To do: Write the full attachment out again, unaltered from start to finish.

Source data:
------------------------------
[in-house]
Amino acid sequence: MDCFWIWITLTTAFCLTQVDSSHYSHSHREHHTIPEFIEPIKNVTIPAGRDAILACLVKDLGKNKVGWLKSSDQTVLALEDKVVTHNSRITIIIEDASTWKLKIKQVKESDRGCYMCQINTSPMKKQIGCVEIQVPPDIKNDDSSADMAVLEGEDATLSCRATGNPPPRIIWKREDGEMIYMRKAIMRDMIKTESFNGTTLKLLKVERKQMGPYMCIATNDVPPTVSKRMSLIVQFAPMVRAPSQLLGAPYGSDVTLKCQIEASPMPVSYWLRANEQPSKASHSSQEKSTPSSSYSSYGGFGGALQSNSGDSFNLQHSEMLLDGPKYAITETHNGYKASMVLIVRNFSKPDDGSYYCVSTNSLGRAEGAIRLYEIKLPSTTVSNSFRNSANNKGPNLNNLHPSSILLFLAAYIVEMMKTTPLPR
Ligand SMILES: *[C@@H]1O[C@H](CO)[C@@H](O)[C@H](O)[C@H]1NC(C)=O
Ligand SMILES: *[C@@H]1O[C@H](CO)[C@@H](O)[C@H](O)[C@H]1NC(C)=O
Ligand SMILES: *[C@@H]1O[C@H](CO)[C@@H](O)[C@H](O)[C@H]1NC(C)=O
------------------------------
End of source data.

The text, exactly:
[in-house]
Amino acid sequence: MDCFWIWITLTTAFCLTQVDSSHYSHSHREHHTIPEFIEPIKNVTIPAGRDAILACLVKDLGKNKVGWLKSSDQTVLALEDKVVTHNSRITIIIEDASTWKLKIKQVKESDRGCYMCQINTSPMKKQIGCVEIQVPPDIKNDDSSADMAVLEGEDATLSCRATGNPPPRIIWKREDGEMIYMRKAIMRDMIKTESFNGTTLKLLKVERKQMGPYMCIATNDVPPTVSKRMSLIVQFAPMVRAPSQLLGAPYGSDVTLKCQIEASPMPVSYWLRANEQPSKASHSSQEKSTPSSSYSSYGGFGGALQSNSGDSFNLQHSEMLLDGPKYAITETHNGYKASMVLIVRNFSKPDDGSYYCVSTNSLGRAEGAIRLYEIKLPSTTVSNSFRNSANNKGPNLNNLHPSSILLFLAAYIVEMMKTTPLPR
Ligand SMILES: *[C@@H]1O[C@H](CO)[C@@H](O)[C@H](O)[C@H]1NC(C)=O
Ligand SMILES: *[C@@H]1O[C@H](CO)[C@@H](O)[C@H](O)[C@H]1NC(C)=O
Ligand SMILES: *[C@@H]1O[C@H](CO)[C@@H](O)[C@H](O)[C@H]1NC(C)=O